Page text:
Parker begins playing a Mendelssohn scherzo, one of the excerpts all the auditioning cellists have to prepare for this audition.

“That was stinky,” she says, and starts again.

Ben insists she take a sleeping pill tonight.

“Half a pill would be O.K.,” Parker allows. “For mental insurance.”


Tony Ross and Janet Horvath sit side by side in the Minnesota Orchestra as principal and associate principal cellists, and they couldn’t contrast each other more to the eye or ear.

Ross has the height, broad shoulders and dark features of a pin-up heartthrob, if there were such a centerfold in Symphony Magazine. Horvath doesn’t reach 5 feet tall in shoes, and a string of physical ailments, caused from the repetitive stress of playing the cello, inspired her to research, write and self-publish a physical therapy treatise for musicians. Ross’ robust playing style is balanced by Horvath, whose finger shifts are so seamless it’s almost impossible to hear the breaks from one note to the next.

Heading up the committee for this audition, Ross and Horvath have chosen more than a dozen orchestral excerpts the auditioning cellists must prepare in addition to a concerto of their own choosing. They selected material demanding a variety of technical skills.

They’ve also taken the unusual step of lifting the literal curtain of anonymity normally placed between those auditioning and their judges.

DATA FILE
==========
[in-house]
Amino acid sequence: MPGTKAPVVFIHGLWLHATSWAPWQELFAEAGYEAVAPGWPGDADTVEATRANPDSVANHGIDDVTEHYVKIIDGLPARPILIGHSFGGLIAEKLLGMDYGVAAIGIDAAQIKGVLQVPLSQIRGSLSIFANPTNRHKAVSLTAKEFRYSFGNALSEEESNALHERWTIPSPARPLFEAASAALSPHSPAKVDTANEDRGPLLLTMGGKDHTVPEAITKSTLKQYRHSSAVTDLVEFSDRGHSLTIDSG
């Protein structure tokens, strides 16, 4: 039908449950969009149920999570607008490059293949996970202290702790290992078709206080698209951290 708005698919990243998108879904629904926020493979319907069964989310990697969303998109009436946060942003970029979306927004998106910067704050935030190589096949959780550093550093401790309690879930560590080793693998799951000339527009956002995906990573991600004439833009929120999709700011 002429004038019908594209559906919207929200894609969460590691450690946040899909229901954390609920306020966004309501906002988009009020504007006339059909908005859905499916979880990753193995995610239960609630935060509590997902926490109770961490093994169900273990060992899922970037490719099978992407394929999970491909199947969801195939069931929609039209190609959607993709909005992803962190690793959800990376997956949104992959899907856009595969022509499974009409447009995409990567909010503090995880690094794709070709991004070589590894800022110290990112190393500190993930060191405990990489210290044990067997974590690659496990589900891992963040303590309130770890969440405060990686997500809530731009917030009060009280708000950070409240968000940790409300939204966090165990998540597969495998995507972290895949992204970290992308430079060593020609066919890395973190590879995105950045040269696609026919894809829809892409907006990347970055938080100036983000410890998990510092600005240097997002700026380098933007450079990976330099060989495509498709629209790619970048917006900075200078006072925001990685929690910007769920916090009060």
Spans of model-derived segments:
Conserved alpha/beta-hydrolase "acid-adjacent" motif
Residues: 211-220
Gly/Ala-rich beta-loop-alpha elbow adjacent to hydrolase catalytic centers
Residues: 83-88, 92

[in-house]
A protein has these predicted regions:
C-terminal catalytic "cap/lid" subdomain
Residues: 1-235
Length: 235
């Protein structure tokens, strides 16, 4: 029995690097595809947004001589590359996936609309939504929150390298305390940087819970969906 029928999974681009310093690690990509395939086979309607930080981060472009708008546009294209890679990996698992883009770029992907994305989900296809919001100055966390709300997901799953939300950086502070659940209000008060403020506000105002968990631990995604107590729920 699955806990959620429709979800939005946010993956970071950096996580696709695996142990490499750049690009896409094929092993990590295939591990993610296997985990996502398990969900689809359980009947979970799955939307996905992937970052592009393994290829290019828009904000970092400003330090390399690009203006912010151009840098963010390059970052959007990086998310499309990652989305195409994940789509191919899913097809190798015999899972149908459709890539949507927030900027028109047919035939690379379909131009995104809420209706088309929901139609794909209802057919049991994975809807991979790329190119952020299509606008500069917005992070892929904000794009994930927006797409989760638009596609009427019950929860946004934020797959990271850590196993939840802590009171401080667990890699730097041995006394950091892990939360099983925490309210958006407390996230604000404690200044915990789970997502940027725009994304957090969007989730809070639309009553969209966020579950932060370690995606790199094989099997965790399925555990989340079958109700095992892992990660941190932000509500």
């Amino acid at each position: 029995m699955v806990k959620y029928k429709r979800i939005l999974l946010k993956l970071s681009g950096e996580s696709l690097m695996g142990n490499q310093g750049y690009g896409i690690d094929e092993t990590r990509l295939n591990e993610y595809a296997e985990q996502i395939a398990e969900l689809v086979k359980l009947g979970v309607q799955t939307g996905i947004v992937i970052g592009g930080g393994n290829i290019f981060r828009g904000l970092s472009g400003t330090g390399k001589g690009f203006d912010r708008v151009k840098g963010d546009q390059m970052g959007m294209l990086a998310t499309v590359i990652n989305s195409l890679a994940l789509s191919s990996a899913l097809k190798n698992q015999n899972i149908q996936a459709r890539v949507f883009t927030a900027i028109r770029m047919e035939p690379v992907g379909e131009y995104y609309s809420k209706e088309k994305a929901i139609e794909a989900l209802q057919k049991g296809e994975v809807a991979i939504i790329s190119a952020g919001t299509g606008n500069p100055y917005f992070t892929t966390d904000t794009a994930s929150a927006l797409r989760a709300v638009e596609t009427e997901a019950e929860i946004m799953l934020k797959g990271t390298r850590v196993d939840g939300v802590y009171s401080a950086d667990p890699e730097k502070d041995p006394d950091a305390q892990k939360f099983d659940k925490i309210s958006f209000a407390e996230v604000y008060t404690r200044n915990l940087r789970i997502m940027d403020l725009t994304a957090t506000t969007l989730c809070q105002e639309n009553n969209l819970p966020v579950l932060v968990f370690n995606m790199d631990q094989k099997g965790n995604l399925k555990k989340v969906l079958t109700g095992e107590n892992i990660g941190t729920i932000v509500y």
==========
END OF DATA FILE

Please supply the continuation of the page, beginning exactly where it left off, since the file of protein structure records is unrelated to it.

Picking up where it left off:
Most audition committees, even those from other instrumental sections of the Minnesota Orchestra, prefer the screens, particularly during the opening rounds of an audition. With screens in place, judges don’t know the identity of the person playing before them. A quarter century ago, concerns of bias were so strong that committees asked women not to wear heels, for fear their contact with a hard floor would give away their gender.

Ideally, juries focus their valuations solely on performance. Eliminating the screen, Ross says, helps make the auditioning process “a more humane and human experience.”

“There are things we can tell about how they do their job and how they would fit in by what they do physically,” Horvath says. “And let’s face it — we could be colleagues for the next 30 years, and we want to see what the essence of that person is.”

Many of the cellists auditioning for this seat are connected in one way or another to cellists in the orchestra — through private lessons, music camps and summer festivals, or time together at a conservatory or in a chamber group. At least one auditioning cellist, during the run of these tryouts, planned to stay at the home of a Minnesota Orchestra cellist, who also happened to be among the judges for this audition.

Ross estimates having connections of his own to perhaps a quarter of those auditioning but says the chance is remote more than one judge, on this eight-member committee, has significant knowledge of any single auditioning cellist.

“If everyone took themselves out who knew somebody, we’d never have a committee,” he says.